There will be plenty of networking opportunities, especially during the exhibition.  There will be a booth crawl on Monday, February 27 from 5:00-7:00pm and receptions both Tuesday and Wednesday in the exhibit hall.  Exhibits will be open Tuesday from 5:00-7:00pm and Wednesday and Thursday from 2:30-6:00p

The awards for Best Paper and Best Poster will be presented at the beginning of the reception on Wednesday.  For the complete DVCon U.S. 2017 schedule, including a list of sessions, tutorials, sponsored luncheons and events, visit www.dvcon.org.

Cadence Introduces Palladium Z1 Enterprise Emulation Platform

Thursday, November 19th, 2015

Gabe Moretti, Senior Editor

One would think that the number of customers for very large and expensive emulation systems is shrinking and thus the motivation to launch new such systems would be small.  Clearly my opinion is not correct.

Earlier this week Cadence Design Systems, Inc. launched the Palladium Z1 emulation platform, which the company calls the industry’s first datacenter-class emulation system.  According to Cadence the new platform delivers up to 5X greater emulation throughput than the previous generation, with an average 2.5X greater workload efficiency. the Palladium Z1 platform executes up to 2304 parallel jobs and scales up to 9.2 billion gates, addressing the growing market requirement for emulation technology that can be efficiently utilized across global design teams to verify increasingly complex systems-on-chip (SoCs) designs.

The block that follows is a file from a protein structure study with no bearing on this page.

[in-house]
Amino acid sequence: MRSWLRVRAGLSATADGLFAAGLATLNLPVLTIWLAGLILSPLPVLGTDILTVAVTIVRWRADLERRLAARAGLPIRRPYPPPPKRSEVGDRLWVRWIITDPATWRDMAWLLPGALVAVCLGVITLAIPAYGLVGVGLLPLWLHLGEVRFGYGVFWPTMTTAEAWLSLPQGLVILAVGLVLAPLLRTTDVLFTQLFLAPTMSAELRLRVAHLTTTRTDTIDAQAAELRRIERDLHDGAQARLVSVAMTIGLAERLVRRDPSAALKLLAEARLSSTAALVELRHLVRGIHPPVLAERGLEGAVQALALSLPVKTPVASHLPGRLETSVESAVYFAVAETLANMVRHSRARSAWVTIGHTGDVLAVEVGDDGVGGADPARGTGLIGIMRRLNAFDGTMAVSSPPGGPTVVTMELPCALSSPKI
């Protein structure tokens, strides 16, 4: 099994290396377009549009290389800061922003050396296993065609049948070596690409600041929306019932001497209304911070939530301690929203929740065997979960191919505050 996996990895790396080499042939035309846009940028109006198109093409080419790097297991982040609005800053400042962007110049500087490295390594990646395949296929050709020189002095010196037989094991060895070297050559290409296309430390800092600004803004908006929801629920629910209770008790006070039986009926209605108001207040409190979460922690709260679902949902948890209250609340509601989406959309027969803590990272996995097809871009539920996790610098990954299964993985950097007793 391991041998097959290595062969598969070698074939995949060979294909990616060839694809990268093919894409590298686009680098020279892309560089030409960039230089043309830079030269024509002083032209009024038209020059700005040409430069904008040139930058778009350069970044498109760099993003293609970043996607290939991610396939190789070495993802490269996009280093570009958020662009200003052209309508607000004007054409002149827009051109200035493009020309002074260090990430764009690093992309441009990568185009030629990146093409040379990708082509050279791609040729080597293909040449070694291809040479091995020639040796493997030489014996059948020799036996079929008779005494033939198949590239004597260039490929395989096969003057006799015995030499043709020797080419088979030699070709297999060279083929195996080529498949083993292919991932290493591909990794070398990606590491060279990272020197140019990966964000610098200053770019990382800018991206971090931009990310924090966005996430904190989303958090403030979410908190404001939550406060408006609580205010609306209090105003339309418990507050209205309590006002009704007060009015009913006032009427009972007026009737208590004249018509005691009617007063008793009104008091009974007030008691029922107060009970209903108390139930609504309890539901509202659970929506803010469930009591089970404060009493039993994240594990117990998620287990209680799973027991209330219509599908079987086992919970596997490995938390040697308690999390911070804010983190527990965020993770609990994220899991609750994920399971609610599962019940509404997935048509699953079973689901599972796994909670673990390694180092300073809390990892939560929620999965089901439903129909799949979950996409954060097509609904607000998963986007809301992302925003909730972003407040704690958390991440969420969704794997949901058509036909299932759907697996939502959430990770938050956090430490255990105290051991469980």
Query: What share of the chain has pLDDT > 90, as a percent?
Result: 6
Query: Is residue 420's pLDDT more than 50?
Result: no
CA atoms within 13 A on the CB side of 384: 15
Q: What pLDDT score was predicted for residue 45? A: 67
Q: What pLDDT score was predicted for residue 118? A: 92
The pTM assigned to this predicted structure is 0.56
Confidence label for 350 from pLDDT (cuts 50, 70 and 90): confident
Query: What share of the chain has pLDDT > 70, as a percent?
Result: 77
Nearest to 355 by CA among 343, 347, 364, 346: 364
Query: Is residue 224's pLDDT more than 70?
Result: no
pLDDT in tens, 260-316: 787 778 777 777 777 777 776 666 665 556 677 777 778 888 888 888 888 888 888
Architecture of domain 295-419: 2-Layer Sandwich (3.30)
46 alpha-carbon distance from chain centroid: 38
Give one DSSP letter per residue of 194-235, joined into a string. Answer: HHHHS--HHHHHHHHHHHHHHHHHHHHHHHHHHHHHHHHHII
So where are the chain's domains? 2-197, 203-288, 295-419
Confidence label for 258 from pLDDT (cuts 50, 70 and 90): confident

The Palladium Z1 enterprise emulation platform features a rack-based blade architecture, a 92 percent smaller footprint and 8X better gate density than the Palladium XP II platform according to Frank Schirrmeister, Group Director for Product Marketing, System Development Suite at cadence.  Optimizing the utilization of the emulation resource, Palladium Z1 platform offers a virtual target relocation capability, and payload allocation into available resources at run time, avoiding re-compiles. With its massively parallel processor-based architecture, Palladium Z1 platform offers 4X better user granularity than its nearest competitor according to Frank.